Friday, July 17, 2015

Roads to nowhere

Baltimore has a famous "Highway to Nowhere" and it destroyed several neighborhoods, the same ones that got again the shaft when transit was cancelled that would have given that corridor at least some meaning. The communities had spent hundreds of hours planning around their planned stations.
SHA brochure

But there are other highways to nowhere: One of them is route 404. And I don't mean that it ends at the beach, for many that is somewhere. I don't mean even that it ends in Delaware which shouldn't be necessarily the prime destination for Maryland's expenditures. What I mean is that the highway engineers of Delaware are in no hurry to make their parts of the trip (DE 16) a four lane highway or even avoid towns, lights and turns. So they Maryland freeway goes nowhere. But hey, as far as I am concerned, I prefer travel on the slower curvy Delaware segment anyway. It gives a much better flavor of the Eastern Shore.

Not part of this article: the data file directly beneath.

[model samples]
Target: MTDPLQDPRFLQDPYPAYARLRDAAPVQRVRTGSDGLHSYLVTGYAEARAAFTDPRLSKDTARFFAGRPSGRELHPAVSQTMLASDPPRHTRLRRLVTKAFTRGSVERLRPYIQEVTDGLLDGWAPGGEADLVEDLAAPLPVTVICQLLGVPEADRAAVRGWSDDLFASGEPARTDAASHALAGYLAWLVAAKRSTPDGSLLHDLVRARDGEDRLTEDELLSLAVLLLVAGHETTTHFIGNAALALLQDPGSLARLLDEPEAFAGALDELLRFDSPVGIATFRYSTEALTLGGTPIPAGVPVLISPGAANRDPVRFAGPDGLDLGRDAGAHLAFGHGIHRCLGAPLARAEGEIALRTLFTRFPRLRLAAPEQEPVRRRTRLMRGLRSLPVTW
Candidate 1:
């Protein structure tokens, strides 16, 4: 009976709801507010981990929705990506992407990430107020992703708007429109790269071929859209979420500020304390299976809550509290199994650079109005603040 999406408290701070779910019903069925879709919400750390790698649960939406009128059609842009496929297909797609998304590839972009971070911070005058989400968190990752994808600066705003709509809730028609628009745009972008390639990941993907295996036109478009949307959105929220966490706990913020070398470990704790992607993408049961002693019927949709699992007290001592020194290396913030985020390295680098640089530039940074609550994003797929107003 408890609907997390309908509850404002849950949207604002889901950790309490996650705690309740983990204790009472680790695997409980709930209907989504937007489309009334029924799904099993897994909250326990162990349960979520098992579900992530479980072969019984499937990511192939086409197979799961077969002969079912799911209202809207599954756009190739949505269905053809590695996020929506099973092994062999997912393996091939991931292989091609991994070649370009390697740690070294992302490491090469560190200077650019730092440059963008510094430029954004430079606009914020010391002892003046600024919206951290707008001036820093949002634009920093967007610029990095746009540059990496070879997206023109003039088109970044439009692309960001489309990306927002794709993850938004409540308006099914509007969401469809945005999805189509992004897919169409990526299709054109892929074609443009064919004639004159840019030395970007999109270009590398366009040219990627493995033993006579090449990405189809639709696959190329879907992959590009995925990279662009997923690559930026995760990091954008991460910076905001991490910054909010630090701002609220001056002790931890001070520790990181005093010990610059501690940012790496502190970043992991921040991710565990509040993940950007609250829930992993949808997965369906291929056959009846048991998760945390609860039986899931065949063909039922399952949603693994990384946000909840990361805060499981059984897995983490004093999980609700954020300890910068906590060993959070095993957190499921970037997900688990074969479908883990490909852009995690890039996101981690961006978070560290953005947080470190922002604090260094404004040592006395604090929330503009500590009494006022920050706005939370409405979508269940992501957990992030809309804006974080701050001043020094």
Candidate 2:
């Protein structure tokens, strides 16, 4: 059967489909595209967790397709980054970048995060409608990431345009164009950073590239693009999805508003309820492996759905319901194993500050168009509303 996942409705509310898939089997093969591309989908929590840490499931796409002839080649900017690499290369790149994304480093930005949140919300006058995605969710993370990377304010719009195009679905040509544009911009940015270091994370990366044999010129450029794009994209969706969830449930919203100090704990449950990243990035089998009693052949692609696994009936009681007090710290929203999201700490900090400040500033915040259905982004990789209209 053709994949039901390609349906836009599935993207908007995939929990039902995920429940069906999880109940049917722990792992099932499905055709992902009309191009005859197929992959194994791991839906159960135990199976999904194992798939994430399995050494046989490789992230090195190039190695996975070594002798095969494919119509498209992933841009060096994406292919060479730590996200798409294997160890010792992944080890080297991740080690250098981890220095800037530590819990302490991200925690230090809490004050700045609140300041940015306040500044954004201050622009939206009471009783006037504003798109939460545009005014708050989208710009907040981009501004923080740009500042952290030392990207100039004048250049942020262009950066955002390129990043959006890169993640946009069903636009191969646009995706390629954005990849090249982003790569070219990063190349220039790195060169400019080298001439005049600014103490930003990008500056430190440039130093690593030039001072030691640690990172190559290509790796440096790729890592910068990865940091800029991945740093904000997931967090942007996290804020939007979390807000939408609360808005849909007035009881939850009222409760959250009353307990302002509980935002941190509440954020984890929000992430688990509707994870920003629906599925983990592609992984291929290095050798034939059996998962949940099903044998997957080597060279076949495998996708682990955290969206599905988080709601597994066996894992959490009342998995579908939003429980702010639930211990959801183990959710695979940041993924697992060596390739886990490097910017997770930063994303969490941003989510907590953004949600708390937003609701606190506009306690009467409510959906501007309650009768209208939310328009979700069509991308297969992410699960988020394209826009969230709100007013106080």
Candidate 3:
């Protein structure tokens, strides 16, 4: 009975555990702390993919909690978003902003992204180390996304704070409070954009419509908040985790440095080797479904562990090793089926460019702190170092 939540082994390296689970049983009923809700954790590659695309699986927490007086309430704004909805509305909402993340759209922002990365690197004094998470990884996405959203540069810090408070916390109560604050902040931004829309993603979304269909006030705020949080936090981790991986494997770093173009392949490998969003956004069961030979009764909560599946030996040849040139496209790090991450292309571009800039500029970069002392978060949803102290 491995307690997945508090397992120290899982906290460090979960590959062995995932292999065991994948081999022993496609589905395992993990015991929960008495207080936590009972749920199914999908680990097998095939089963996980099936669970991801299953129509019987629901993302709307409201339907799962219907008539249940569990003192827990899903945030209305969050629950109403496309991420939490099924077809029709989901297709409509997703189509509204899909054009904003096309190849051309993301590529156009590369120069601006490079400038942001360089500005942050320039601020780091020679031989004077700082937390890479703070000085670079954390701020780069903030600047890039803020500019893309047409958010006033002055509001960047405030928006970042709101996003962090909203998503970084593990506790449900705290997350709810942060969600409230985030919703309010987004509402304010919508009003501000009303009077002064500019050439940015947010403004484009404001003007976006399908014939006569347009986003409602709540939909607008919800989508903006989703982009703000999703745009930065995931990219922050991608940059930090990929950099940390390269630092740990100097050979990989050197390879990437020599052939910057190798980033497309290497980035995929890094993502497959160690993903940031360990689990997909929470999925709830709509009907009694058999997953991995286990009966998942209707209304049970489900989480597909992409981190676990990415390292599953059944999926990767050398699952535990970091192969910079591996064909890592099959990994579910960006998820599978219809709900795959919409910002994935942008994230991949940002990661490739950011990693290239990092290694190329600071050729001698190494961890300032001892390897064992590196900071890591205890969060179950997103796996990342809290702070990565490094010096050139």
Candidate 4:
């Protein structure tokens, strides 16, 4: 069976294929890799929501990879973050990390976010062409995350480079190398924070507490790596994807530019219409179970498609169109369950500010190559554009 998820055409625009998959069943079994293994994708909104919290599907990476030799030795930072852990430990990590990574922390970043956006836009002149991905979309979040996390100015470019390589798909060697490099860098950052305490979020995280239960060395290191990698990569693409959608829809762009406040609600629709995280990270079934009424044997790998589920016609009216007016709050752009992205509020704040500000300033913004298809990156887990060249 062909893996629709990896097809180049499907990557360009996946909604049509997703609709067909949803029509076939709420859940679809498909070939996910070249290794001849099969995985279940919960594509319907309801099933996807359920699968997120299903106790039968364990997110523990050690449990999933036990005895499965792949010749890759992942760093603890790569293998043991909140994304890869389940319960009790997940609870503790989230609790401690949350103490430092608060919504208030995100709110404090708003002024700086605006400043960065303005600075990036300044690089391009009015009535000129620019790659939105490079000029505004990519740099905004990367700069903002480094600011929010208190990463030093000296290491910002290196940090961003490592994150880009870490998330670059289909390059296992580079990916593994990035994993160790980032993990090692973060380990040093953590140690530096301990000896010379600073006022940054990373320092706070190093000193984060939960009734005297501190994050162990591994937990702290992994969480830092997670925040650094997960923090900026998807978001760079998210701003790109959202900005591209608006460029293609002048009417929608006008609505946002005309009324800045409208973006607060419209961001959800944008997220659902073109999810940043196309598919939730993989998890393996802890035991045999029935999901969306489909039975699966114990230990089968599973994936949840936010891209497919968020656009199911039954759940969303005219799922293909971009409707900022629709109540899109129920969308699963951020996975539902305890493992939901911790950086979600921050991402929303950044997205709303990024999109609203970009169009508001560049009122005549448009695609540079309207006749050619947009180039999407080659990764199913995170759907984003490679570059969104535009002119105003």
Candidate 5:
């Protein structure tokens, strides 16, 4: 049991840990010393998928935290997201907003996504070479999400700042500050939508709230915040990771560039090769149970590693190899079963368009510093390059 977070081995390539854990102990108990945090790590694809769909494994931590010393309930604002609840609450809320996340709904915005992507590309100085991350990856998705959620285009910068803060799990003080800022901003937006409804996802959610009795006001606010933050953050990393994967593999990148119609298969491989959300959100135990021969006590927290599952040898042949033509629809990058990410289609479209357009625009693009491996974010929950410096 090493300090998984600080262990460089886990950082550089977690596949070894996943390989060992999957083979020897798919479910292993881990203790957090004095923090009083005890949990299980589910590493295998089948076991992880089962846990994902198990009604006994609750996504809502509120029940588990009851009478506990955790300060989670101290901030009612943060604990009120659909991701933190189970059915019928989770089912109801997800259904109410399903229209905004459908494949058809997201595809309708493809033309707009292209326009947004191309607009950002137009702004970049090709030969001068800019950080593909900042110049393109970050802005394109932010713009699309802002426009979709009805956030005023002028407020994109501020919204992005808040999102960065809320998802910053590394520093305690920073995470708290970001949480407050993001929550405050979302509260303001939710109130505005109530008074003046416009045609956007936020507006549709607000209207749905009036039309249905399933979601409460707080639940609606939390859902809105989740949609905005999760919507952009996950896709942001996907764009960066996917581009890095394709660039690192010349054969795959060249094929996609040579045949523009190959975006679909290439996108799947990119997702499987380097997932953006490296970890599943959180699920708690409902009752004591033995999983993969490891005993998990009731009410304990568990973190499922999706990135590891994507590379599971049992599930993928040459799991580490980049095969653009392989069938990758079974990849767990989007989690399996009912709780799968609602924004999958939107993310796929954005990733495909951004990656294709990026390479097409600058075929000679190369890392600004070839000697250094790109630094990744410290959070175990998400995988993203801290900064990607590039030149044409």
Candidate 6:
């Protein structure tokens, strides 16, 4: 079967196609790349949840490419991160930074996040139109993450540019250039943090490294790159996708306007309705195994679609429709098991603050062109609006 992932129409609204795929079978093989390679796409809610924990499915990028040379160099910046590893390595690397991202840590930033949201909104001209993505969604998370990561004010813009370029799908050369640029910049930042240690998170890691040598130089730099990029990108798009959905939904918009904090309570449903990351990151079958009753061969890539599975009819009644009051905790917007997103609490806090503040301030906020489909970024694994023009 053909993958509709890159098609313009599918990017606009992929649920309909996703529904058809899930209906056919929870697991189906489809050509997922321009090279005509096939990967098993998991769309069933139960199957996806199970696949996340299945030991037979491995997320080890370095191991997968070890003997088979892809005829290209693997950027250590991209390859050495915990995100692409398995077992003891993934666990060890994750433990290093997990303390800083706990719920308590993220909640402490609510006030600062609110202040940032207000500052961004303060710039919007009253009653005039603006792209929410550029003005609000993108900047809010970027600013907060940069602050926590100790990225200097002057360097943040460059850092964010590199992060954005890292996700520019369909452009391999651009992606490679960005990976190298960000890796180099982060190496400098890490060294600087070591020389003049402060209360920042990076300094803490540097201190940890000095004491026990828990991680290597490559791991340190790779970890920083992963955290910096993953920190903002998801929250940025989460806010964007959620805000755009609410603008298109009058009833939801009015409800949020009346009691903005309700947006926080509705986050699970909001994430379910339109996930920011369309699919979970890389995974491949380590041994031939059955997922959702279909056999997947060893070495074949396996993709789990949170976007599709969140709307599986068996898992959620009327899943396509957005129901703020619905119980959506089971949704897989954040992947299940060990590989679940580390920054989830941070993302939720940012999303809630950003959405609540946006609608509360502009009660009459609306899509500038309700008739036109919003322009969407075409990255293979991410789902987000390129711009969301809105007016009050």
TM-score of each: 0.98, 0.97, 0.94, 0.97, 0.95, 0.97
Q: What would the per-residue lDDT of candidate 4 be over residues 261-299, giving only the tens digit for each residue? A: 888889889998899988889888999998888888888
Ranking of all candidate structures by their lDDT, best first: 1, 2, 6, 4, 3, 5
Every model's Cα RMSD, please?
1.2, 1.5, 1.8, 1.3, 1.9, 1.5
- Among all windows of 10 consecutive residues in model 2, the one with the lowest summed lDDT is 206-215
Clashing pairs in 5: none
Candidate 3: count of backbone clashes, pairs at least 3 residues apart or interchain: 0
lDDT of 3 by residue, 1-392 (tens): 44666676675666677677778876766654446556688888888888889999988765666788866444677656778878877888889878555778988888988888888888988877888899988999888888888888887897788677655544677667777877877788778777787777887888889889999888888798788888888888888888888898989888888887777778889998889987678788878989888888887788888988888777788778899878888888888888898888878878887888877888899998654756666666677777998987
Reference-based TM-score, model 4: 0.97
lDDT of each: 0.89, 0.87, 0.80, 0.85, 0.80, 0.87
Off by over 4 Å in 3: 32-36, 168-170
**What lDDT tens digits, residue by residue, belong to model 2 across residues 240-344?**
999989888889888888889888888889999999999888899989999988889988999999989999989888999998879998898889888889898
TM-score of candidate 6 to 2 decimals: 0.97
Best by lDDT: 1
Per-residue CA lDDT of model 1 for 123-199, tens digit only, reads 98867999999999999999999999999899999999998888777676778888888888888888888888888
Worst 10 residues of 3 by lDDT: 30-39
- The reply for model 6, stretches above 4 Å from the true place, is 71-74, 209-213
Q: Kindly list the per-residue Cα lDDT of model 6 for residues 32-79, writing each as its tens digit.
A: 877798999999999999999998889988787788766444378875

Maryland supports economic development in Delaware: Dolphins rejoice

But the point of how wasteful such highway spending really is becomes clear when you read this story. It shows with numbers what many of us know anecdotaly. When it comes to road building, there is no scrutiny. The asphalt lobby always wins, the pet projects of local politicians always get built and hardly any questions get asked. 

The irony: Route 404 gets widened for weekend beach goers to spend money in another state with the money that got pilfered from the Red Line coffers so that working weekday Baltimore commuters will continue to get stuck on congested roads. Go figure.

Klaus Philipsen, FAIA

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